High Court rejects opposition to leisure and residential development by English Heritage and Westminster council

A High Court judge has upheld a decision to give planning permission to a leisure and residential development on London’s South Bank.

The Doon Street scheme had been opposed by English Heritage and Westminster Council, who challenged the government’s decision to grant consent for the development.

But Judge Mole today supported the green light given to the Lifschutz Davidson Sandilands-designed scheme.

Iain Tuckett, group director of developer Coin Street Community Builders said: “We welcome the judge’s decision. However we regret the huge costs to taxpayers and ratepayers – and to ourselves – caused by Westminster council and English Heritage’s unnecessary legal action.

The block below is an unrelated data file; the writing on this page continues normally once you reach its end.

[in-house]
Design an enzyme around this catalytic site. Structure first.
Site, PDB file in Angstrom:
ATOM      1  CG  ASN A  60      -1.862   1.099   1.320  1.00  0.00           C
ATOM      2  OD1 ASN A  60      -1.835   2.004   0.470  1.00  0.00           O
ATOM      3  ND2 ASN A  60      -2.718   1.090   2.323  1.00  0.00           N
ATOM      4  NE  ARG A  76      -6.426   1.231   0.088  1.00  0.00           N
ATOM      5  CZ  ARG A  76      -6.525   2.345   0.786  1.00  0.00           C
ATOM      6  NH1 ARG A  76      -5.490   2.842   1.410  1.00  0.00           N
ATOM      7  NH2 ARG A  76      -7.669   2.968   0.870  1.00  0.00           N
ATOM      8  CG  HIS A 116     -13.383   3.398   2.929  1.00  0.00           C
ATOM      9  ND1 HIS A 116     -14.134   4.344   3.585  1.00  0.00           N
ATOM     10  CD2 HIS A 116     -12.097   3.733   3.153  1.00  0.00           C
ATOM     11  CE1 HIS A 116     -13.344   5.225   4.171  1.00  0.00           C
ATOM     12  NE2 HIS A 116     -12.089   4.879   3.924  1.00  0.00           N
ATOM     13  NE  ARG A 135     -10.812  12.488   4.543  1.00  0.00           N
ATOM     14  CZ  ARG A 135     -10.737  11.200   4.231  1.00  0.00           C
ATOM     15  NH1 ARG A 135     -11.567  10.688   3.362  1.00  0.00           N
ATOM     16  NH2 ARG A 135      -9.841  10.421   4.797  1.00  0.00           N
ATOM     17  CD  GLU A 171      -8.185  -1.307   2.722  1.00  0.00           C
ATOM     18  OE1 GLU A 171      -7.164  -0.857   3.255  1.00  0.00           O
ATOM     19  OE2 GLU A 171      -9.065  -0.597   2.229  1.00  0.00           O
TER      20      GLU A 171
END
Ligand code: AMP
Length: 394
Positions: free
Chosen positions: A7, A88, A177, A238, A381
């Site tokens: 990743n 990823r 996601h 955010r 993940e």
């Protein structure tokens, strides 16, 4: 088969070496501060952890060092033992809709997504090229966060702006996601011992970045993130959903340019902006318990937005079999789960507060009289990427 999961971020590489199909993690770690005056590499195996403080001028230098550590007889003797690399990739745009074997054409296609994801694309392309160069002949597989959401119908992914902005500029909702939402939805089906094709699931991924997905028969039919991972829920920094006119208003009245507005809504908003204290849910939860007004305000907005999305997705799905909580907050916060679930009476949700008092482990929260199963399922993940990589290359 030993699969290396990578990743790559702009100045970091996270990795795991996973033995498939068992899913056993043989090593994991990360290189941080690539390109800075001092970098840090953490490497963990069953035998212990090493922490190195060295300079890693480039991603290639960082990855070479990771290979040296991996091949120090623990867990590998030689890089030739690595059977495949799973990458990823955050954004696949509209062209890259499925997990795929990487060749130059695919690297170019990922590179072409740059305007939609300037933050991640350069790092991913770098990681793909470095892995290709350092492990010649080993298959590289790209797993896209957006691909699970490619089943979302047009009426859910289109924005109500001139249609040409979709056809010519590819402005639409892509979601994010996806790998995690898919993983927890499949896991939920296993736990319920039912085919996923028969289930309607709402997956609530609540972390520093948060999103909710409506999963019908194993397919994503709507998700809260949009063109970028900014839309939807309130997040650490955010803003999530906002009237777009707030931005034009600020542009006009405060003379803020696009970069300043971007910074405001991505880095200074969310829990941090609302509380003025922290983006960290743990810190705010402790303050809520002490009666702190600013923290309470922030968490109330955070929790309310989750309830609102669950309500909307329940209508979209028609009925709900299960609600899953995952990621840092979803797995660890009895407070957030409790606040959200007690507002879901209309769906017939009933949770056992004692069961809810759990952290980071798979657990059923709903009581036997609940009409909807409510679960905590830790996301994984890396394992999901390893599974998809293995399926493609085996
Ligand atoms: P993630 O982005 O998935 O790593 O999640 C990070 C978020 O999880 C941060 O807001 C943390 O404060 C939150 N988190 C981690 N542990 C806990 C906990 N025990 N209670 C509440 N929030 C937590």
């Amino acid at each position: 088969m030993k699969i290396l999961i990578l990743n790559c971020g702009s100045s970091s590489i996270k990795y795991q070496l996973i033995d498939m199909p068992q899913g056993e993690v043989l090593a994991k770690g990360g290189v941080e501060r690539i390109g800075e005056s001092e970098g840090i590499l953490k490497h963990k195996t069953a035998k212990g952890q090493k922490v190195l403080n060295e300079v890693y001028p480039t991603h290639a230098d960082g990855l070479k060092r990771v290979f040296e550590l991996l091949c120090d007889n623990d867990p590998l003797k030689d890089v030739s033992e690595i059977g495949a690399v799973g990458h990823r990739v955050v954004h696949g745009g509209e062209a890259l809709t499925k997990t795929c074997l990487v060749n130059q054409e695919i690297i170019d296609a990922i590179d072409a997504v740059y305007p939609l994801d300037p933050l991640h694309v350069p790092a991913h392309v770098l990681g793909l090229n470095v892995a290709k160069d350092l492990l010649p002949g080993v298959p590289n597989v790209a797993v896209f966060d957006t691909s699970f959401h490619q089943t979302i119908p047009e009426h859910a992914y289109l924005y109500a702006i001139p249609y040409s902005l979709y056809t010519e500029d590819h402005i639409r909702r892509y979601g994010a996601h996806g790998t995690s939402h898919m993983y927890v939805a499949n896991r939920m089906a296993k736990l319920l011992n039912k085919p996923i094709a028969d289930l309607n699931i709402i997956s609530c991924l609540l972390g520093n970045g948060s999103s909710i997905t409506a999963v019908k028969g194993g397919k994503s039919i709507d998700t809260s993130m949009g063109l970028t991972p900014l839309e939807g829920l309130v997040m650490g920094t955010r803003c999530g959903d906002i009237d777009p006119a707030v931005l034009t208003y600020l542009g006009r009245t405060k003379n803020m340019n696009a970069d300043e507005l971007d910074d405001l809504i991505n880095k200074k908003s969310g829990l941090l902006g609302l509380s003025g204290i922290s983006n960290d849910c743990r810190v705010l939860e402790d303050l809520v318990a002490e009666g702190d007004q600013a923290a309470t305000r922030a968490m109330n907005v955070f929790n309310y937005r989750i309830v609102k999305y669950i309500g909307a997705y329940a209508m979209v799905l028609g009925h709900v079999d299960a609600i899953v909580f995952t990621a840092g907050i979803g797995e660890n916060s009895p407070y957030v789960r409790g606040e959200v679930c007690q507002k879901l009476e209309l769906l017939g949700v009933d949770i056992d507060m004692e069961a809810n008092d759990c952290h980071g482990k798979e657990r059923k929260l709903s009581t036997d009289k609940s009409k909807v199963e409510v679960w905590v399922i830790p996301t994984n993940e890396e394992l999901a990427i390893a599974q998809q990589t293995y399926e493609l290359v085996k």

“The scheme will provide those living, working and studying in this part of central London access to urgently needed facilities and will increase participation in sports and improve health. It will also create 329 new homes”.

Proposals for the Doon Street scheme include a public swimming pool, indoor leisure centre, 329 flats, headquarters for the Rambert Dance Company and an office building.

Westminster council said London's skyline would be destroyed by the scheme. A spokesperson said: "Plans for a controversial 43-storey tower block on London's South Bank have been given the go ahead by the High Court and now London's skyline looks set to be ruined by the monstrously tall Doon Street towers.

"Westminster council and English Heritage together opposed the building of these towers because of the impact they will have on London's historic skyline."